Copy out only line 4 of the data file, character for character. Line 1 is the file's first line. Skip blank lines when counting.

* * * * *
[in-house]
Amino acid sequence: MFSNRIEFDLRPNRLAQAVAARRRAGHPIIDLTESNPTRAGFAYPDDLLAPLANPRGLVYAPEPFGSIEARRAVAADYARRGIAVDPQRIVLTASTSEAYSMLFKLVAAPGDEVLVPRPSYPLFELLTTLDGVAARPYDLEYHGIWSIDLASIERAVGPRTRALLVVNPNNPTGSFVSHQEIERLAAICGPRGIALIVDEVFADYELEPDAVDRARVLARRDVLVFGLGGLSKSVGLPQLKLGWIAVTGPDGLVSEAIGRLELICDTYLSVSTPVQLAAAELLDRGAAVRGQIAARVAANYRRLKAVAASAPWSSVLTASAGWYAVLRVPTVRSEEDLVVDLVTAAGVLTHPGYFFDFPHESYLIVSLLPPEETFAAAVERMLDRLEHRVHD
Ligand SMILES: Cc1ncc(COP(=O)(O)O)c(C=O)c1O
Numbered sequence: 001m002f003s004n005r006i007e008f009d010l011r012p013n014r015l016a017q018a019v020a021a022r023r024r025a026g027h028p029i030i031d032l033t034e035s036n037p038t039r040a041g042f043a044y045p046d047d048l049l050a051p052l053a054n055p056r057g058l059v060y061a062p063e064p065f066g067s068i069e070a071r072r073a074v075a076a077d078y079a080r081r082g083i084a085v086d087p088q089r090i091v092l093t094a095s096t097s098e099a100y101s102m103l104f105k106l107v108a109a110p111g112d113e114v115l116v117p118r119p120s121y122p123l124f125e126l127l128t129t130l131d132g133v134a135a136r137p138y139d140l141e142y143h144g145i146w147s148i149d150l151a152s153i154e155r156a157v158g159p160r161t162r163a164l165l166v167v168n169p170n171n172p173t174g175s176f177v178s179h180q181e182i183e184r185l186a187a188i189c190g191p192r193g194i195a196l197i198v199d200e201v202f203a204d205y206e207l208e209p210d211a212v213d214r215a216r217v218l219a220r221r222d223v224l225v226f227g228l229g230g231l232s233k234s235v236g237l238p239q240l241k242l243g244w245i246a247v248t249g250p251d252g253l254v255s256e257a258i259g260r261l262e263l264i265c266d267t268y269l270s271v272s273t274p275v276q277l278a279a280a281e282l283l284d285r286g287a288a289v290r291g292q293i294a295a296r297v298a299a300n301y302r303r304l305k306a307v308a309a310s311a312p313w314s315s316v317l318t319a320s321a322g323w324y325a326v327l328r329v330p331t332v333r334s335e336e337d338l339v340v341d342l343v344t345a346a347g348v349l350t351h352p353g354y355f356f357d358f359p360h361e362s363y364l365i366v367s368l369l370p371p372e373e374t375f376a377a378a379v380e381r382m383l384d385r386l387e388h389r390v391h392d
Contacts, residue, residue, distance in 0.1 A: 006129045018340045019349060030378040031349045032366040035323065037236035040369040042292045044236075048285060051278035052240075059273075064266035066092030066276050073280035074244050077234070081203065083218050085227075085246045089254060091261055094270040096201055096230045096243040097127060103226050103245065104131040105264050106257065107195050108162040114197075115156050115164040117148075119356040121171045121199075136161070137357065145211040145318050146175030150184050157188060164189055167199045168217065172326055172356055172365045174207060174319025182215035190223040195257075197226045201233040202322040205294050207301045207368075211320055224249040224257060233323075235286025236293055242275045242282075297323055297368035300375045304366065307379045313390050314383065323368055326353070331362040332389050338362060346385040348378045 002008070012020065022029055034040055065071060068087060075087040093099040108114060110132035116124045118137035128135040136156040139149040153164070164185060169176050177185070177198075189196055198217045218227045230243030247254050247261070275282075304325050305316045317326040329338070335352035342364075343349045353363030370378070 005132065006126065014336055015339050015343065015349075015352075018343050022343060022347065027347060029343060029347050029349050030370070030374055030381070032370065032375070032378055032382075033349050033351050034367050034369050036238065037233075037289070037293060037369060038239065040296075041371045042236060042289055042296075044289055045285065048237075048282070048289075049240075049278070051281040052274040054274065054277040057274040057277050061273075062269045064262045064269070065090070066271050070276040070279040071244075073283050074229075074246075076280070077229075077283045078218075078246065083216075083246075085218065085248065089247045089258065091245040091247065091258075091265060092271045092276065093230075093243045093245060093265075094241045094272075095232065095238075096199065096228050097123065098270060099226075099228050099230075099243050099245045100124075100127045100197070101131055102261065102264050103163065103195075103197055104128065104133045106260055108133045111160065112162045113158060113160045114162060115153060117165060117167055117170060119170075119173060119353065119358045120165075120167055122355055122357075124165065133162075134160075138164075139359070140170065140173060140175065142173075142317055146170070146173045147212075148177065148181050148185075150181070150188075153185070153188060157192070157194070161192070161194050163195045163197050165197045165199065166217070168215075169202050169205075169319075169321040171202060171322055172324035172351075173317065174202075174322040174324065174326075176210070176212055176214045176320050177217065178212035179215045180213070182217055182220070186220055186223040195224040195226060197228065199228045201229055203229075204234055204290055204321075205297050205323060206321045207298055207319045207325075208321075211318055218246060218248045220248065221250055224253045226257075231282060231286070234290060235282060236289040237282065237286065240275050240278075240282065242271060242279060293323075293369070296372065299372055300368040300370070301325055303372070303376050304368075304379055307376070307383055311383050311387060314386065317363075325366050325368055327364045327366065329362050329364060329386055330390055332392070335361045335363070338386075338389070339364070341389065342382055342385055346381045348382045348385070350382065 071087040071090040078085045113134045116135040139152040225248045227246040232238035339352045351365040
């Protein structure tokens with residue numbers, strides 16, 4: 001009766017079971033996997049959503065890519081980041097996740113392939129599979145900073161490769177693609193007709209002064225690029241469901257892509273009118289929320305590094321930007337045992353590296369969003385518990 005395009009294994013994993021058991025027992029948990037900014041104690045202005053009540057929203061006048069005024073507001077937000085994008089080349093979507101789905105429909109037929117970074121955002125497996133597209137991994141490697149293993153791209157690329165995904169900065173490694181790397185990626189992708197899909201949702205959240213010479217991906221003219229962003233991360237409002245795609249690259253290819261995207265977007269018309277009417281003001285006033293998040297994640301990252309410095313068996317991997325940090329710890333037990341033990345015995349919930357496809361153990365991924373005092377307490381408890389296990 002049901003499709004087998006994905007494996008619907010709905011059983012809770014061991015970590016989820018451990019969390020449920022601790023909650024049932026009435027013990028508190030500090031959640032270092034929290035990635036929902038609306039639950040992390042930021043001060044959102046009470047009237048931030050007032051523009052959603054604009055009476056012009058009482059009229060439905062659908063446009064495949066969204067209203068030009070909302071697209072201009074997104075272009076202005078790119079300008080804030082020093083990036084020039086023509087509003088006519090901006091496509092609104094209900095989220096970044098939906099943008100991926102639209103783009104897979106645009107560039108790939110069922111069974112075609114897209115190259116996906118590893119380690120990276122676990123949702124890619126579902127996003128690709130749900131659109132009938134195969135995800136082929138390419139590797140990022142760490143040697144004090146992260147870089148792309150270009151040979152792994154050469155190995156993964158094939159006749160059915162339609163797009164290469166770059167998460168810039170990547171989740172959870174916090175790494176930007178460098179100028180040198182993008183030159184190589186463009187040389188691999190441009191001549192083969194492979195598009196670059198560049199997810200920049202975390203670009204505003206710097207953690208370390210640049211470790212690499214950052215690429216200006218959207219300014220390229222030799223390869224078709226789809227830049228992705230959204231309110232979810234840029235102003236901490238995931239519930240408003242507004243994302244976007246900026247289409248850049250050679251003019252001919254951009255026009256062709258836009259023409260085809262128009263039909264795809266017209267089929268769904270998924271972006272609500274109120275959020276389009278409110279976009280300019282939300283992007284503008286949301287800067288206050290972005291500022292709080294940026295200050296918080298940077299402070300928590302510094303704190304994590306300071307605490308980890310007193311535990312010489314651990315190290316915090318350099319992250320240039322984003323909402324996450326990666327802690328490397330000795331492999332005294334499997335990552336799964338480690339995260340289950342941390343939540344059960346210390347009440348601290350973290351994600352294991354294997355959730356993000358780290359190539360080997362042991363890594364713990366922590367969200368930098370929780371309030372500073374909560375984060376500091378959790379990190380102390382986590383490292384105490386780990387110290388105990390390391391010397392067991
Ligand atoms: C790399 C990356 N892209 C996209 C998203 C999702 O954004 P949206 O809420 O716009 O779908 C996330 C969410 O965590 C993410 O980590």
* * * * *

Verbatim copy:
Numbered sequence: 001m002f003s004n005r006i007e008f009d010l011r012p013n014r015l016a017q018a019v020a021a022r023r024r025a026g027h028p029i030i031d032l033t034e035s036n037p038t039r040a041g042f043a044y045p046d047d048l049l050a051p052l053a054n055p056r057g058l059v060y061a062p063e064p065f066g067s068i069e070a071r072r073a074v075a076a077d078y079a080r081r082g083i084a085v086d087p088q089r090i091v092l093t094a095s096t097s098e099a100y101s102m103l104f105k106l107v108a109a110p111g112d113e114v115l116v117p118r119p120s121y122p123l124f125e126l127l128t129t130l131d132g133v134a135a136r137p138y139d140l141e142y143h144g145i146w147s148i149d150l151a152s153i154e155r156a157v158g159p160r161t162r163a164l165l166v167v168n169p170n171n172p173t174g175s176f177v178s179h180q181e182i183e184r185l186a187a188i189c190g191p192r193g194i195a196l197i198v199d200e201v202f203a204d205y206e207l208e209p210d211a212v213d214r215a216r217v218l219a220r221r222d223v224l225v226f227g228l229g230g231l232s233k234s235v236g237l238p239q240l241k242l243g244w245i246a247v248t249g250p251d252g253l254v255s256e257a258i259g260r261l262e263l264i265c266d267t268y269l270s271v272s273t274p275v276q277l278a279a280a281e282l283l284d285r286g287a288a289v290r291g292q293i294a295a296r297v298a299a300n301y302r303r304l305k306a307v308a309a310s311a312p313w314s315s316v317l318t319a320s321a322g323w324y325a326v327l328r329v330p331t332v333r334s335e336e337d338l339v340v341d342l343v344t345a346a347g348v349l350t351h352p353g354y355f356f357d358f359p360h361e362s363y364l365i366v367s368l369l370p371p372e373e374t375f376a377a378a379v380e381r382m383l384d385r386l387e388h389r390v391h392d